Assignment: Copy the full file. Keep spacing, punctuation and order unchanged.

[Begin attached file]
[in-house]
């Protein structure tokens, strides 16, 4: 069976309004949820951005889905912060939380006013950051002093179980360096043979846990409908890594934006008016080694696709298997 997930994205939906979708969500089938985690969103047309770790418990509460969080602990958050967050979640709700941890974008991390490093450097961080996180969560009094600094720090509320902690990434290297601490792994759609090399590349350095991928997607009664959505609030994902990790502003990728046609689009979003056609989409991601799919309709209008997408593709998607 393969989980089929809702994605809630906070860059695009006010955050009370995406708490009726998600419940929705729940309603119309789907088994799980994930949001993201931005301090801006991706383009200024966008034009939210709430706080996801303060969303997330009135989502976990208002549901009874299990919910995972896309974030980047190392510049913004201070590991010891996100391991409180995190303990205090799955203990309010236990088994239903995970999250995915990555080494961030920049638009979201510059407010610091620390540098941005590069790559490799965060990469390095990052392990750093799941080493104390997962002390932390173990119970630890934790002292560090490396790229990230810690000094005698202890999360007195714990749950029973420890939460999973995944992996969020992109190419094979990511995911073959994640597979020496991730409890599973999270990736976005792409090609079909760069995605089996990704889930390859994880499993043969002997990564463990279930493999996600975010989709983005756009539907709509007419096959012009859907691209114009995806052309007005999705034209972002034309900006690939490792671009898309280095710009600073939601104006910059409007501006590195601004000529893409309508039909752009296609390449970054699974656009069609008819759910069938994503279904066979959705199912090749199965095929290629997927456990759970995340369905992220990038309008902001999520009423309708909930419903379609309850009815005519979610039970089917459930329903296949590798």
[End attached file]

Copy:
[in-house]
């Protein structure tokens, strides 16, 4: 069976309004949820951005889905912060939380006013950051002093179980360096043979846990409908890594934006008016080694696709298997 997930994205939906979708969500089938985690969103047309770790418990509460969080602990958050967050979640709700941890974008991390490093450097961080996180969560009094600094720090509320902690990434290297601490792994759609090399590349350095991928997607009664959505609030994902990790502003990728046609689009979003056609989409991601799919309709209008997408593709998607 393969989980089929809702994605809630906070860059695009006010955050009370995406708490009726998600419940929705729940309603119309789907088994799980994930949001993201931005301090801006991706383009200024966008034009939210709430706080996801303060969303997330009135989502976990208002549901009874299990919910995972896309974030980047190392510049913004201070590991010891996100391991409180995190303990205090799955203990309010236990088994239903995970999250995915990555080494961030920049638009979201510059407010610091620390540098941005590069790559490799965060990469390095990052392990750093799941080493104390997962002390932390173990119970630890934790002292560090490396790229990230810690000094005698202890999360007195714990749950029973420890939460999973995944992996969020992109190419094979990511995911073959994640597979020496991730409890599973999270990736976005792409090609079909760069995605089996990704889930390859994880499993043969002997990564463990279930493999996600975010989709983005756009539907709509007419096959012009859907691209114009995806052309007005999705034209972002034309900006690939490792671009898309280095710009600073939601104006910059409007501006590195601004000529893409309508039909752009296609390449970054699974656009069609008819759910069938994503279904066979959705199912090749199965095929290629997927456990759970995340369905992220990038309008902001999520009423309708909930419903379609309850009815005519979610039970089917459930329903296949590798």